Wednesday, July 22, 2009


In this year of financial stress, would it not be important to know what properties are not producing their fair share of taxable dollars to the city's income. Included should be buildings that have either a tax abatement or are part of a "pilot program".

The public is entitled to know the terms of the agreement, the percentage tax being paid or fix sum so in lieu of tax.

A concerned citizen at Monday's Council meeting asked, not for the first time, what properties including governmental buildings, school district sites, "not for profit" agencies which includes Solaris, religious organizations, and others entitled by law to tax exemption are on Plainfield's books. Of course he could go to the Tax Accessor's office and check the books himself but he and we should be entitled to a public response.

That was not the first time he had asked that question and this writer has not only requested the same information but suggested that the not for profits holdings be examined to see if they are being used for income generating purposes, not charitable.

There are several buildings which are owned by the religious organizations that are not used as a parish home. If they are being used for income producing purposes for the organization or not intimately involved in its mission, I would question if they are entitled to exempt status. I believe that it is in the grey area that a separate residence for a spiritual leader that is not contiguous to the house of worship should qualify.

There are other facilities that have been built in Plainfield by qualifying agencies that have subsequently changed ownership once or more. If they have become "for profit" have they maintained their tax exempt status? Has anyone checked?

Regarding the proposed ordinance passed on first reading for a tax abatement for the condos at the Monarch I feel that it is inappropriate unless the same perk is granted to every new purchaser of a home in the city.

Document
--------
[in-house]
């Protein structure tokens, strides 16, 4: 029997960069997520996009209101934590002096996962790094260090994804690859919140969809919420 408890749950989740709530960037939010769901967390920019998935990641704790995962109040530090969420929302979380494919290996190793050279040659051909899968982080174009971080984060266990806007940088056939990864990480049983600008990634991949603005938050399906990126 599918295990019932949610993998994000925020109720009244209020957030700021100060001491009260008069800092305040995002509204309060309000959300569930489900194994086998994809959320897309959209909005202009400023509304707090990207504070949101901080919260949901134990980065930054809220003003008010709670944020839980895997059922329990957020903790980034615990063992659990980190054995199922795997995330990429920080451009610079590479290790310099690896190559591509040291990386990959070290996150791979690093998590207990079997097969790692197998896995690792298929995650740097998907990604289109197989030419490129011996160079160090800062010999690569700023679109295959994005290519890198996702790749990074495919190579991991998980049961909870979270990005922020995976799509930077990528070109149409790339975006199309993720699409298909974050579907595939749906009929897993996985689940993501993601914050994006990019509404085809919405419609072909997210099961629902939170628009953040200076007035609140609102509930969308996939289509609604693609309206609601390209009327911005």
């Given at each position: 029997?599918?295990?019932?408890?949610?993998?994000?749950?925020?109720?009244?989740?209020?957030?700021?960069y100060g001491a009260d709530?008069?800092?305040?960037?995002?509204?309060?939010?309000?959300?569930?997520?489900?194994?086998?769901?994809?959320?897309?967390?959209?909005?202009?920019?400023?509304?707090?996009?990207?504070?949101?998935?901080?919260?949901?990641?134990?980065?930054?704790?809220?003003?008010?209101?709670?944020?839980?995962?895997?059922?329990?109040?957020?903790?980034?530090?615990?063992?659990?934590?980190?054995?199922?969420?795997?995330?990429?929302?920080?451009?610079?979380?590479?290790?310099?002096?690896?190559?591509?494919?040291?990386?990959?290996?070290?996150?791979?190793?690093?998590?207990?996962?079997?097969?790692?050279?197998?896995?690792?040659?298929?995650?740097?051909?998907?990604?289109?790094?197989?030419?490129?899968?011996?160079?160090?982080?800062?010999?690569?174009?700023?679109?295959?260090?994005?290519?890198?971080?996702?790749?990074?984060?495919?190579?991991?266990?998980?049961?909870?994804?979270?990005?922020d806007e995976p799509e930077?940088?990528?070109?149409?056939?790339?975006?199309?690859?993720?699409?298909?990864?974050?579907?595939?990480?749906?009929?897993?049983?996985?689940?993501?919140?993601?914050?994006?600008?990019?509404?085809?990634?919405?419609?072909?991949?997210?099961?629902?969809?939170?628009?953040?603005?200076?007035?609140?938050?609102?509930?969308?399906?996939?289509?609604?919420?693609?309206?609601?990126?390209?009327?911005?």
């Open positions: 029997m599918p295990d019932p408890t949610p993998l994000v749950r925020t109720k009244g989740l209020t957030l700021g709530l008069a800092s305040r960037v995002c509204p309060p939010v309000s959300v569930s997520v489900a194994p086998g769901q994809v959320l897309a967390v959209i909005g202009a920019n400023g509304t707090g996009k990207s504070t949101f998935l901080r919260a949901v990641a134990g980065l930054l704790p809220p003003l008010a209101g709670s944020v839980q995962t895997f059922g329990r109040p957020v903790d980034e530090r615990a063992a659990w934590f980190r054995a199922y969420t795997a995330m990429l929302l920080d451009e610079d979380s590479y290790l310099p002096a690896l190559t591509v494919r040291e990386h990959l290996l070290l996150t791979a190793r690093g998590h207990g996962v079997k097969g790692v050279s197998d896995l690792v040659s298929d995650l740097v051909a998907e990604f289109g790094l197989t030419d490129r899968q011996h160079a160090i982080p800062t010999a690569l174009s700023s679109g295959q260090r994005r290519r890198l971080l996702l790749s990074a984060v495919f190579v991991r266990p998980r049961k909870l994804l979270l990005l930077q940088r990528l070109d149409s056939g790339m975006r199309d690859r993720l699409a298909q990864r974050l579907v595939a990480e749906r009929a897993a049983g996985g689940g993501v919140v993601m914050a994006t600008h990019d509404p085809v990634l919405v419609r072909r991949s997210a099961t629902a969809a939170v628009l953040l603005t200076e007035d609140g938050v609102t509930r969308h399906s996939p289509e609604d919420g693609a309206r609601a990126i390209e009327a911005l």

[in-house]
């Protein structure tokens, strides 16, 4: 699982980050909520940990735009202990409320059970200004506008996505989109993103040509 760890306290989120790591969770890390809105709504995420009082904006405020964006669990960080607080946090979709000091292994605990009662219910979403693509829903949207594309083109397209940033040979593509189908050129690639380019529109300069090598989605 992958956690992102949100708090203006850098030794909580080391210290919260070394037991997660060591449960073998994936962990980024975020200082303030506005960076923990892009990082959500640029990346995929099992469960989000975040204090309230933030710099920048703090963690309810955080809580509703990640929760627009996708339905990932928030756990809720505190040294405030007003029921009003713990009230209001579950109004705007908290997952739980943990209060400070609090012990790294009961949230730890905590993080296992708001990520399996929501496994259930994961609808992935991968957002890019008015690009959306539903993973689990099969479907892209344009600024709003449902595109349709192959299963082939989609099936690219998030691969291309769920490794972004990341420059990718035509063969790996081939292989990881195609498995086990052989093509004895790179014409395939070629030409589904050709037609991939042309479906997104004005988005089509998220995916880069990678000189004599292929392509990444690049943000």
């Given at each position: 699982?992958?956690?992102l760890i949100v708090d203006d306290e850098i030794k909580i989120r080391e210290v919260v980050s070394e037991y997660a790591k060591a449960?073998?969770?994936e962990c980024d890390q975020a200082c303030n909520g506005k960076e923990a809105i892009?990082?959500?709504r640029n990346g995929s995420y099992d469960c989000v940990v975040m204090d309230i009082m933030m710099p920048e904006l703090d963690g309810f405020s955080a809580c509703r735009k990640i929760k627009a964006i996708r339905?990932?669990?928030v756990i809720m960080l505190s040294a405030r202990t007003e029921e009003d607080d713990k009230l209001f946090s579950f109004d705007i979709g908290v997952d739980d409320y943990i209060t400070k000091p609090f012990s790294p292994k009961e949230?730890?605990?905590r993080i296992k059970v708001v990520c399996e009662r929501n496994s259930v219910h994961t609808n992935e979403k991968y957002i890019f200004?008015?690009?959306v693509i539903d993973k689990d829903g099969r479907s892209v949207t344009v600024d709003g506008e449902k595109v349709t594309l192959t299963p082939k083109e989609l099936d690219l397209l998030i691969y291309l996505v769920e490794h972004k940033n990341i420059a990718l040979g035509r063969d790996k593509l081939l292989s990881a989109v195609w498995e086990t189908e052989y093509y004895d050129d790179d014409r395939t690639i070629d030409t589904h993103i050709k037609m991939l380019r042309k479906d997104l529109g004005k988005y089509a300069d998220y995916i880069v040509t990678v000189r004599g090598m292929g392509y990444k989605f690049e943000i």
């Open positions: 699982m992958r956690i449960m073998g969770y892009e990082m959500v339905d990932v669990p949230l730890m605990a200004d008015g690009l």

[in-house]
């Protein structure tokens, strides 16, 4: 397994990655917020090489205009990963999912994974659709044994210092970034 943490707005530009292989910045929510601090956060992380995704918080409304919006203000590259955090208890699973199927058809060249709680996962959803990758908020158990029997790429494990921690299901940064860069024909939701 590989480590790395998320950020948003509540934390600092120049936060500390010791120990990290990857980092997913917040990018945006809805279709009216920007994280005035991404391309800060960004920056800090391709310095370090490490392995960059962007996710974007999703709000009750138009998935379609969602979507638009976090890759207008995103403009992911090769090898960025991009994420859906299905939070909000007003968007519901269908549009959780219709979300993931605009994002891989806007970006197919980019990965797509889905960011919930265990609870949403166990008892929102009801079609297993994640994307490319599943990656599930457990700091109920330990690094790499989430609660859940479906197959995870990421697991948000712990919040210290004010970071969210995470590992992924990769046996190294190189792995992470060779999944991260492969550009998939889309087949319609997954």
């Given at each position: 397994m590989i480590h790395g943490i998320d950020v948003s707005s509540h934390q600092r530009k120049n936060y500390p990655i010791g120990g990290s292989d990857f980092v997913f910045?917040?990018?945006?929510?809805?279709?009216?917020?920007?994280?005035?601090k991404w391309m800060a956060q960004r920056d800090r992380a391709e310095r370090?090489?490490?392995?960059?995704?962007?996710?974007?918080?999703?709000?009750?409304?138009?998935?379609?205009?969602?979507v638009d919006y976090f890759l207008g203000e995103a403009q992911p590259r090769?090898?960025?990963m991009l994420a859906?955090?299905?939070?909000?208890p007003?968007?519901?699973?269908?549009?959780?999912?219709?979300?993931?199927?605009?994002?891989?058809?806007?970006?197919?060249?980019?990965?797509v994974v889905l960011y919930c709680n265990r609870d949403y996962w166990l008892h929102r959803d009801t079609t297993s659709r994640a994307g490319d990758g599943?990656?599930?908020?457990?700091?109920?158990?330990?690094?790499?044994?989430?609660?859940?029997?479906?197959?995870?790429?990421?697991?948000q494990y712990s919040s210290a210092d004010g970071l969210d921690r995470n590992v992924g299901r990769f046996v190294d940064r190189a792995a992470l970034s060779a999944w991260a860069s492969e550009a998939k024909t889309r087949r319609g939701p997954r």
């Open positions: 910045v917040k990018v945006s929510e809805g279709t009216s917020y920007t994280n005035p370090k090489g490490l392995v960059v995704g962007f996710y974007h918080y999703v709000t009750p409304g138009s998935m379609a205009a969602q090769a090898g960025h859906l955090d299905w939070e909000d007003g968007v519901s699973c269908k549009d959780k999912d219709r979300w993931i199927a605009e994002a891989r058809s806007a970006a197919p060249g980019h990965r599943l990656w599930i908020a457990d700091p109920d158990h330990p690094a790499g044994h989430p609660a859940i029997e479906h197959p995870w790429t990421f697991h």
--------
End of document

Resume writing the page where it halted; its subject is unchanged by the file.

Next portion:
Plainfield already has given the developer a sweetheart deal by selling the land for $1.00. WE taxpayers do not need to further subsidize his investment. Additionally, since we have been in effect threatened that if the condos are not sold-I don't believe that they will be- he will turn the units ito rental apartments, why are not taxes being levied on the entire structure. What is delaying the CO? How can he sell condos if the building does not have a certificate of occupancy? Since the Senior Citizens Center can not be used without the CO is the city responsible for its reported 14% of the buildings operating costs? Will we ever get any answers to any of these questions.

One more thought, when a tax abatement is granted are there any specified time or use restrictions in the agreement ?

Finally, a new Pilot Program for the Cedarbrook Senior Citizen's Apartment Building!. My own personal opinion is that it is not appropriate.

The original 47 year Pilot program was granted in 1976 as part of the requirements of the Federal backed agencies mortgage requirements. The City was in effect becoming a partner in the development of a needed building. The original investors have made a profit on their investment in part due to our required subsidisation. With the sale of the property the original mortgage will be paid off and the city's obligation finished.

New ownership is not buying a building with developmental risks, the income is assured and the purchase purpose is for profit. The building is no longer a community responsibility. We do not have to facilitate the sale or purchase of the property. I am sure that somewheres in the deed to the apartment is a clause that it was constructed for Seniors and that there are specific rental regulations. Has our legal arm researched this and given an opinion before any action is sought on this program? I hope that will be addressed when the new Pilot Program next is up for action.

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